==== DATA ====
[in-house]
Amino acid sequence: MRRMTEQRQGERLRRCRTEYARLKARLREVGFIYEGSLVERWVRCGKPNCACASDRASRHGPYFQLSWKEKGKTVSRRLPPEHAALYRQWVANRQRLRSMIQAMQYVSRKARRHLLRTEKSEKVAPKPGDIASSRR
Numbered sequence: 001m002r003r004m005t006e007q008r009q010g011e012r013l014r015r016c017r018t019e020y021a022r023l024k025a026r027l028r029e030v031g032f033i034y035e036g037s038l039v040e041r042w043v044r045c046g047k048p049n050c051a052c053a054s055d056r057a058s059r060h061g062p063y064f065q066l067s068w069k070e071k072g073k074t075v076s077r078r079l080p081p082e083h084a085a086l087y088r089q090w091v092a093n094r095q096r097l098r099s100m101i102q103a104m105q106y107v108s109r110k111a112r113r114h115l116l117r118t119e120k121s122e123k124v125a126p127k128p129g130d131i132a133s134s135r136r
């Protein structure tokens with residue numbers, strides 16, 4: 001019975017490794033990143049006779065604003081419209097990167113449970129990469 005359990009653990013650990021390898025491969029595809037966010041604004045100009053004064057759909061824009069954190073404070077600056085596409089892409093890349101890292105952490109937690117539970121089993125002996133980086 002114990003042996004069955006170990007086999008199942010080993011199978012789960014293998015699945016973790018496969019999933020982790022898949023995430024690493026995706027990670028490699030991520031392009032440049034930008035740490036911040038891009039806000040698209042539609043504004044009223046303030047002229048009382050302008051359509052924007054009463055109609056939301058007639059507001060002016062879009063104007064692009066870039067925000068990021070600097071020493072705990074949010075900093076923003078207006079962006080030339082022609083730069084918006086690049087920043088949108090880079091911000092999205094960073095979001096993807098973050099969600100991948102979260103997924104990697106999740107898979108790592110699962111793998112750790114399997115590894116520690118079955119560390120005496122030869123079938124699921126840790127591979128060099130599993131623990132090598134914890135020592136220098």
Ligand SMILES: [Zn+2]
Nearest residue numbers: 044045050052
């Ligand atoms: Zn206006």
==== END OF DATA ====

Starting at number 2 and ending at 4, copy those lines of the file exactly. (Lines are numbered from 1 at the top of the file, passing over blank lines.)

Amino acid sequence: MRRMTEQRQGERLRRCRTEYARLKARLREVGFIYEGSLVERWVRCGKPNCACASDRASRHGPYFQLSWKEKGKTVSRRLPPEHAALYRQWVANRQRLRSMIQAMQYVSRKARRHLLRTEKSEKVAPKPGDIASSRR
Numbered sequence: 001m002r003r004m005t006e007q008r009q010g011e012r013l014r015r016c017r018t019e020y021a022r023l024k025a026r027l028r029e030v031g032f033i034y035e036g037s038l039v040e041r042w043v044r045c046g047k048p049n050c051a052c053a054s055d056r057a058s059r060h061g062p063y064f065q066l067s068w069k070e071k072g073k074t075v076s077r078r079l080p081p082e083h084a085a086l087y088r089q090w091v092a093n094r095q096r097l098r099s100m101i102q103a104m105q106y107v108s109r110k111a112r113r114h115l116l117r118t119e120k121s122e123k124v125a126p127k128p129g130d131i132a133s134s135r136r
């Protein structure tokens with residue numbers, strides 16, 4: 001019975017490794033990143049006779065604003081419209097990167113449970129990469 005359990009653990013650990021390898025491969029595809037966010041604004045100009053004064057759909061824009069954190073404070077600056085596409089892409093890349101890292105952490109937690117539970121089993125002996133980086 002114990003042996004069955006170990007086999008199942010080993011199978012789960014293998015699945016973790018496969019999933020982790022898949023995430024690493026995706027990670028490699030991520031392009032440049034930008035740490036911040038891009039806000040698209042539609043504004044009223046303030047002229048009382050302008051359509052924007054009463055109609056939301058007639059507001060002016062879009063104007064692009066870039067925000068990021070600097071020493072705990074949010075900093076923003078207006079962006080030339082022609083730069084918006086690049087920043088949108090880079091911000092999205094960073095979001096993807098973050099969600100991948102979260103997924104990697106999740107898979108790592110699962111793998112750790114399997115590894116520690118079955119560390120005496122030869123079938124699921126840790127591979128060099130599993131623990132090598134914890135020592136220098």